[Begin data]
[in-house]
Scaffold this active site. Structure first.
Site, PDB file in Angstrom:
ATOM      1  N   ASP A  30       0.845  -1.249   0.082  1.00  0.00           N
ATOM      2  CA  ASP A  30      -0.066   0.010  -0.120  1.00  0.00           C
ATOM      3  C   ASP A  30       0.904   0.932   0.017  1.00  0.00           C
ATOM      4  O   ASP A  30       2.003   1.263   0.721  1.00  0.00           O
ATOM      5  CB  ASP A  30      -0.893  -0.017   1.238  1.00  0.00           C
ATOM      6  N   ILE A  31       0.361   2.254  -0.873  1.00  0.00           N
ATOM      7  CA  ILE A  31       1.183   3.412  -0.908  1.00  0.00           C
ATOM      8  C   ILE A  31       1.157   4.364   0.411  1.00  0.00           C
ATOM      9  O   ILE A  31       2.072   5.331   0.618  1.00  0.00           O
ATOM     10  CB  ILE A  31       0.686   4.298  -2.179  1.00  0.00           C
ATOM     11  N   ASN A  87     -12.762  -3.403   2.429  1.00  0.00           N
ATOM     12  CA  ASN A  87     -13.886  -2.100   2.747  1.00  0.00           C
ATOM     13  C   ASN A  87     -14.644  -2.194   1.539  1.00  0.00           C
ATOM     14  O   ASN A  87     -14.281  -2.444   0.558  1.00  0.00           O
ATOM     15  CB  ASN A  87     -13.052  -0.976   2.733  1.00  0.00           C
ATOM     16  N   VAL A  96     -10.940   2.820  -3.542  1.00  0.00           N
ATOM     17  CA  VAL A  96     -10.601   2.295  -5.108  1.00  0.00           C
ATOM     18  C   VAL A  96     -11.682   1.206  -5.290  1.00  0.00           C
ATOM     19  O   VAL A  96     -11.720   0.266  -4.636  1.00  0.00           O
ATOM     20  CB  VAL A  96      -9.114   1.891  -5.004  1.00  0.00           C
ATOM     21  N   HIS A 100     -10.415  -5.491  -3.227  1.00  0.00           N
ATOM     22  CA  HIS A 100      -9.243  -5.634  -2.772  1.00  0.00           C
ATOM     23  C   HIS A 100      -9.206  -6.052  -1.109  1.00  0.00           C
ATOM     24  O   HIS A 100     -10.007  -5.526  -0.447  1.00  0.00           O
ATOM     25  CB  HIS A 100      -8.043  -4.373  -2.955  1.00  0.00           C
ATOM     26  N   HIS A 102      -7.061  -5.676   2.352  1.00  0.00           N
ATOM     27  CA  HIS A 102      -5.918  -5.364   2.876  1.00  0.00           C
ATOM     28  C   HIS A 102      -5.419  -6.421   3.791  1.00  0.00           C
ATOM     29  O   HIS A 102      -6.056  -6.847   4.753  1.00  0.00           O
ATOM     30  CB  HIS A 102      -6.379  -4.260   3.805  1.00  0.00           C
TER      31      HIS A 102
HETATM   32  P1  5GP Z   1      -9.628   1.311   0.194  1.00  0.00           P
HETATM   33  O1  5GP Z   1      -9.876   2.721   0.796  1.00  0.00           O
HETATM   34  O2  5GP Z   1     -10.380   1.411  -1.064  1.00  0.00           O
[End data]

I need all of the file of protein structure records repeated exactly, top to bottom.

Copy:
[in-house]
Scaffold this active site. Structure first.
Site, PDB file in Angstrom:
ATOM      1  N   ASP A  30       0.845  -1.249   0.082  1.00  0.00           N
ATOM      2  CA  ASP A  30      -0.066   0.010  -0.120  1.00  0.00           C
ATOM      3  C   ASP A  30       0.904   0.932   0.017  1.00  0.00           C
ATOM      4  O   ASP A  30       2.003   1.263   0.721  1.00  0.00           O
ATOM      5  CB  ASP A  30      -0.893  -0.017   1.238  1.00  0.00           C
ATOM      6  N   ILE A  31       0.361   2.254  -0.873  1.00  0.00           N
ATOM      7  CA  ILE A  31       1.183   3.412  -0.908  1.00  0.00           C
ATOM      8  C   ILE A  31       1.157   4.364   0.411  1.00  0.00           C
ATOM      9  O   ILE A  31       2.072   5.331   0.618  1.00  0.00           O
ATOM     10  CB  ILE A  31       0.686   4.298  -2.179  1.00  0.00           C
ATOM     11  N   ASN A  87     -12.762  -3.403   2.429  1.00  0.00           N
ATOM     12  CA  ASN A  87     -13.886  -2.100   2.747  1.00  0.00           C
ATOM     13  C   ASN A  87     -14.644  -2.194   1.539  1.00  0.00           C
ATOM     14  O   ASN A  87     -14.281  -2.444   0.558  1.00  0.00           O
ATOM     15  CB  ASN A  87     -13.052  -0.976   2.733  1.00  0.00           C
ATOM     16  N   VAL A  96     -10.940   2.820  -3.542  1.00  0.00           N
ATOM     17  CA  VAL A  96     -10.601   2.295  -5.108  1.00  0.00           C
ATOM     18  C   VAL A  96     -11.682   1.206  -5.290  1.00  0.00           C
ATOM     19  O   VAL A  96     -11.720   0.266  -4.636  1.00  0.00           O
ATOM     20  CB  VAL A  96      -9.114   1.891  -5.004  1.00  0.00           C
ATOM     21  N   HIS A 100     -10.415  -5.491  -3.227  1.00  0.00           N
ATOM     22  CA  HIS A 100      -9.243  -5.634  -2.772  1.00  0.00           C
ATOM     23  C   HIS A 100      -9.206  -6.052  -1.109  1.00  0.00           C
ATOM     24  O   HIS A 100     -10.007  -5.526  -0.447  1.00  0.00           O
ATOM     25  CB  HIS A 100      -8.043  -4.373  -2.955  1.00  0.00           C
ATOM     26  N   HIS A 102      -7.061  -5.676   2.352  1.00  0.00           N
ATOM     27  CA  HIS A 102      -5.918  -5.364   2.876  1.00  0.00           C
ATOM     28  C   HIS A 102      -5.419  -6.421   3.791  1.00  0.00           C
ATOM     29  O   HIS A 102      -6.056  -6.847   4.753  1.00  0.00           O
ATOM     30  CB  HIS A 102      -6.379  -4.260   3.805  1.00  0.00           C
TER      31      HIS A 102
HETATM   32  P1  5GP Z   1      -9.628   1.311   0.194  1.00  0.00           P
HETATM   33  O1  5GP Z   1      -9.876   2.721   0.796  1.00  0.00           O
HETATM   34  O2  5GP Z   1     -10.380   1.411  -1.064  1.00  0.00           O